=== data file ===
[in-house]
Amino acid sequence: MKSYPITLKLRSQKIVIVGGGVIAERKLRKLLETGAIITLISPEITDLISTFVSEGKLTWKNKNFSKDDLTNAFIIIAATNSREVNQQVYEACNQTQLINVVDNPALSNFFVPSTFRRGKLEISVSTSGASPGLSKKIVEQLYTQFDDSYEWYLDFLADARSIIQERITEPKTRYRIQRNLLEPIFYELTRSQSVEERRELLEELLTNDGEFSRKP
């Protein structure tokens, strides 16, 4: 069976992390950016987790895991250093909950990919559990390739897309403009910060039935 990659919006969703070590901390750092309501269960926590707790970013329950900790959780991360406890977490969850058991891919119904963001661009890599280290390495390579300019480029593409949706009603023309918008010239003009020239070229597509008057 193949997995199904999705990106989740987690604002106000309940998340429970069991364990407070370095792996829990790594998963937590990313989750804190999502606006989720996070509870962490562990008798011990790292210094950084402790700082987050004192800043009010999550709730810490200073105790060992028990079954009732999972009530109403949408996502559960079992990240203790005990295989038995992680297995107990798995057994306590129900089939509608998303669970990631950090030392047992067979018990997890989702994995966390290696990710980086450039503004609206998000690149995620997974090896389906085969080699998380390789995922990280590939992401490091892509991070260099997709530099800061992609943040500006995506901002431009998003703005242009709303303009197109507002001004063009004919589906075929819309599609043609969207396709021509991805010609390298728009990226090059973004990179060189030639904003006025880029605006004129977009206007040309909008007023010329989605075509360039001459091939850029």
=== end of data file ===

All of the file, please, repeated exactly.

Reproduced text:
[in-house]
Amino acid sequence: MKSYPITLKLRSQKIVIVGGGVIAERKLRKLLETGAIITLISPEITDLISTFVSEGKLTWKNKNFSKDDLTNAFIIIAATNSREVNQQVYEACNQTQLINVVDNPALSNFFVPSTFRRGKLEISVSTSGASPGLSKKIVEQLYTQFDDSYEWYLDFLADARSIIQERITEPKTRYRIQRNLLEPIFYELTRSQSVEERRELLEELLTNDGEFSRKP
């Protein structure tokens, strides 16, 4: 069976992390950016987790895991250093909950990919559990390739897309403009910060039935 990659919006969703070590901390750092309501269960926590707790970013329950900790959780991360406890977490969850058991891919119904963001661009890599280290390495390579300019480029593409949706009603023309918008010239003009020239070229597509008057 193949997995199904999705990106989740987690604002106000309940998340429970069991364990407070370095792996829990790594998963937590990313989750804190999502606006989720996070509870962490562990008798011990790292210094950084402790700082987050004192800043009010999550709730810490200073105790060992028990079954009732999972009530109403949408996502559960079992990240203790005990295989038995992680297995107990798995057994306590129900089939509608998303669970990631950090030392047992067979018990997890989702994995966390290696990710980086450039503004609206998000690149995620997974090896389906085969080699998380390789995922990280590939992401490091892509991070260099997709530099800061992609943040500006995506901002431009998003703005242009709303303009197109507002001004063009004919589906075929819309599609043609969207396709021509991805010609390298728009990226090059973004990179060189030639904003006025880029605006004129977009206007040309909008007023010329989605075509360039001459091939850029």